One of the first things I contributed to the startup of the New City of Dunwoody was to write a mission, vision and values statement. These are the guideposts that any successful operation uses to develop a roadmap to the future. Lewis Carroll, author of “Alice Adventure in Wonderland” and “Through the Looking Glass,” once said: If you do not know where you are going, any road will take you there.
Important among things included in our mission statement are “providing the highest quality of life and fostering an environment where business can prosper. Transparency is the most used word in all of our mission, vsion and values statements. Chief among our vision statement is that Dunwoody will …support and nurture a community dedicated to the preservation of family, education, religious institutions, and the environment.
The cornerstone of our business district (Perimeter Center) is the Perimeter Mall. It is one of the largest malls in the Southeast and boasts some of the biggest names in retail. This is one of our strengths – however, it can very quickly become a weakness. No other part of our lives is changing more than the way we shop. You only have to look on our streets and see the number of UPS trucks, FedEx or U.S. Postal trucks to understand what is happening—People are doing their shopping on-line. In a recent visit to the mall, I observed that one entire corridor on the second level was boarded up and the J Crew store had closed.
This trend is playing havoc on the entire retail marketplace; from department stores to pharmacies; from grocery stores to bookstores; consumer electronics to specialty retail. The world is changing before our eyes. With these changes stores are closing at record rates. This past year 4,000 brand name stores closed. Just this past week Payless announced it was closing all 2,500 of its stores. Macy’s, JC Penny, Kohl’s and Nordstrom announced this week that they were closing more than a dozen stores. Specialty stores such as The Gap, Old Navy and Victoria Secret announced closings. Recently Sports Authority closed its Perimeter store and Sprouts recently closed the Mt. Vernon 34,000 square foot anchor store.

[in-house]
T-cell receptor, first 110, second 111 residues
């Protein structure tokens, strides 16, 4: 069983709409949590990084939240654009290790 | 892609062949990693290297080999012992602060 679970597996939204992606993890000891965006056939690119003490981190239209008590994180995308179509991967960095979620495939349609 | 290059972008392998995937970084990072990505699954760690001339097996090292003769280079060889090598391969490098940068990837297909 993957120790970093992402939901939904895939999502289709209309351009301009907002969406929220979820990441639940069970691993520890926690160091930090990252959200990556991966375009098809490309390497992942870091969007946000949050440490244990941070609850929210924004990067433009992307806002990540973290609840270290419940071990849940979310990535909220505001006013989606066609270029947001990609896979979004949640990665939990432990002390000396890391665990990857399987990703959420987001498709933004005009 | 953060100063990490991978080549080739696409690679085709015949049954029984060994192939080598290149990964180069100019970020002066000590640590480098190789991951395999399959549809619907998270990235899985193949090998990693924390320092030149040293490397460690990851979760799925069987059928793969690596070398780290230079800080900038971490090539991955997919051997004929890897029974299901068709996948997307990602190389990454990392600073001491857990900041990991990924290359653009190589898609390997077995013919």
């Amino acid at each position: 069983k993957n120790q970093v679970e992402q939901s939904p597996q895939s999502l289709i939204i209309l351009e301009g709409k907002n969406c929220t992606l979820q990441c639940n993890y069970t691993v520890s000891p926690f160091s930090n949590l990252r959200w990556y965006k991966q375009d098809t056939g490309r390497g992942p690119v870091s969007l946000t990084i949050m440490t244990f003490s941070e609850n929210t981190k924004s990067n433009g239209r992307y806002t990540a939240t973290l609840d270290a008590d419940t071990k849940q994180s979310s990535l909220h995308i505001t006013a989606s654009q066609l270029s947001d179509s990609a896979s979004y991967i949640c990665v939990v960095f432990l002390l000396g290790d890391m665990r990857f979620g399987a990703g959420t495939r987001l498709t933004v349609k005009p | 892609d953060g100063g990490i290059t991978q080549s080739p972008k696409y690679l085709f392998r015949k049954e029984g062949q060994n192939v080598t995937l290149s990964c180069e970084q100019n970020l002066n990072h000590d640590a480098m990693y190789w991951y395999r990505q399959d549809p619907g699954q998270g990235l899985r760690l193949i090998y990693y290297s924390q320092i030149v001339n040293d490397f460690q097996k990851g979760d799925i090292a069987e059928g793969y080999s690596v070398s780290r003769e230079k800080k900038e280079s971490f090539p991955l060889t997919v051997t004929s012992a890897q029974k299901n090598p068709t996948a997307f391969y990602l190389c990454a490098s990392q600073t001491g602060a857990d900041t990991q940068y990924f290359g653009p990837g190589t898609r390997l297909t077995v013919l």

We have a growing number of hotels in Dunwoody, and in a recent report by the Executive Director of the Convention and Visitors Bureau of Dunwoody, Katie Williams indicated that a major reason for visiting Dunwoody (especially on the weekends) was to shop. It is the only reason we can claim Dunwoody as a destination. In other words, having a vital retail market in our city is important. It is important for our community to support our local retailers, or else we could find ourselves getting higher tax bills in the future. At a minimum we must plan for store closings at Perimeter Mall, as have occurred at the Gwinnett Place and North Point Malls.
Over the years I have proposed a number of initiatives that could bring tourists to our community including moving the Georgia Music Hall of Fame from Macon to our city and providing a more vibrant culture component to our city by the restoration of the Brook Run Theatre. Both of these initiatives failed. The Hall of Fame artifacts were placed in a warehouse and the Brook Run Theatre was demolished. If our community is to grow and compete with our neighboring communities, we cannot let these kinds of opportunities pass. One of the components that our city is missing today is vision.
Overall our city at age 10 has met our expectations, but not exceeded them. Sandy Springs has taken a leap forward – you only have to look at the Springs Center to see the vision that their leaders have realized. It is not too late for us. Dunwoody is a great place to live— a great place to raise our family; however, we must look at our vision statement from time to time and evaluate if we are actually realizing that vision. We have not built when the opportunity presented itself and we have torn down far too many of our valuable assets without visualizing how they can be repurposed or answering the questions “why?” and “what’s the rush?” We have not taken advantage of opportunities to expand our parkland (the park bond referendum of 2011 when land was available) and now find ourselves having to shoehorn needed facilities into our existing parks that were meant to be passive. We find ourselves having to encroach on our streams and natural resources, and potentially ignore covenants in our deeds. We call our city a Tree City then cut massive numbers of trees.
To date, I give us a B. What do you think?